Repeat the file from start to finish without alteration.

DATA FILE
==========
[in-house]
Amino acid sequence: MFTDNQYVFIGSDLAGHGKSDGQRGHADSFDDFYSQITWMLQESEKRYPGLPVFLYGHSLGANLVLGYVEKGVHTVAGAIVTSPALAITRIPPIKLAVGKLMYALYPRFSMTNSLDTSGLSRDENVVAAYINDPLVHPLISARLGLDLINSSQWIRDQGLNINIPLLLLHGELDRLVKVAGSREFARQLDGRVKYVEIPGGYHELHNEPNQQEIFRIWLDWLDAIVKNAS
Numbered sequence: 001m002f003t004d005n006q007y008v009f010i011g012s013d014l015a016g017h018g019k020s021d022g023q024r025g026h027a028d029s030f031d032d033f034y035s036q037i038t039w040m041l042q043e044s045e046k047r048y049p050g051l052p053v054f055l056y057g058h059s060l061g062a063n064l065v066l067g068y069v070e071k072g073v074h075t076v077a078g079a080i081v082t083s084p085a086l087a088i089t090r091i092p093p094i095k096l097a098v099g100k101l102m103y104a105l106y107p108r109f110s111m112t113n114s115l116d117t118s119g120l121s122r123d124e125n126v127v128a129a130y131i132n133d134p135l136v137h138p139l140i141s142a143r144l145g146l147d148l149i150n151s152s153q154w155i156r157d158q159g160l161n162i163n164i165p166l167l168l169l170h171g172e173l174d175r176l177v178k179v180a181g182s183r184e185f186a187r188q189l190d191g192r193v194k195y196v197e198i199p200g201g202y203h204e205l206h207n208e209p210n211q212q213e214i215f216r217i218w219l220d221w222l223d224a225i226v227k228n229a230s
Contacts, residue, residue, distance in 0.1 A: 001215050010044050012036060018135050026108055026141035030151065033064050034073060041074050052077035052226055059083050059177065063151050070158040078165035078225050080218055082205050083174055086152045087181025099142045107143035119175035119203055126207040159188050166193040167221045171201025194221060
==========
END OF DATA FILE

[in-house]
Amino acid sequence: MFTDNQYVFIGSDLAGHGKSDGQRGHADSFDDFYSQITWMLQESEKRYPGLPVFLYGHSLGANLVLGYVEKGVHTVAGAIVTSPALAITRIPPIKLAVGKLMYALYPRFSMTNSLDTSGLSRDENVVAAYINDPLVHPLISARLGLDLINSSQWIRDQGLNINIPLLLLHGELDRLVKVAGSREFARQLDGRVKYVEIPGGYHELHNEPNQQEIFRIWLDWLDAIVKNAS
Numbered sequence: 001m002f003t004d005n006q007y008v009f010i011g012s013d014l015a016g017h018g019k020s021d022g023q024r025g026h027a028d029s030f031d032d033f034y035s036q037i038t039w040m041l042q043e044s045e046k047r048y049p050g051l052p053v054f055l056y057g058h059s060l061g062a063n064l065v066l067g068y069v070e071k072g073v074h075t076v077a078g079a080i081v082t083s084p085a086l087a088i089t090r091i092p093p094i095k096l097a098v099g100k101l102m103y104a105l106y107p108r109f110s111m112t113n114s115l116d117t118s119g120l121s122r123d124e125n126v127v128a129a130y131i132n133d134p135l136v137h138p139l140i141s142a143r144l145g146l147d148l149i150n151s152s153q154w155i156r157d158q159g160l161n162i163n164i165p166l167l168l169l170h171g172e173l174d175r176l177v178k179v180a181g182s183r184e185f186a187r188q189l190d191g192r193v194k195y196v197e198i199p200g201g202y203h204e205l206h207n208e209p210n211q212q213e214i215f216r217i218w219l220d221w222l223d224a225i226v227k228n229a230s
Contacts, residue, residue, distance in 0.1 A: 001215050010044050012036060018135050026108055026141035030151065033064050034073060041074050052077035052226055059083050059177065063151050070158040078165035078225050080218055082205050083174055086152045087181025099142045107143035119175035119203055126207040159188050166193040167221045171201025194221060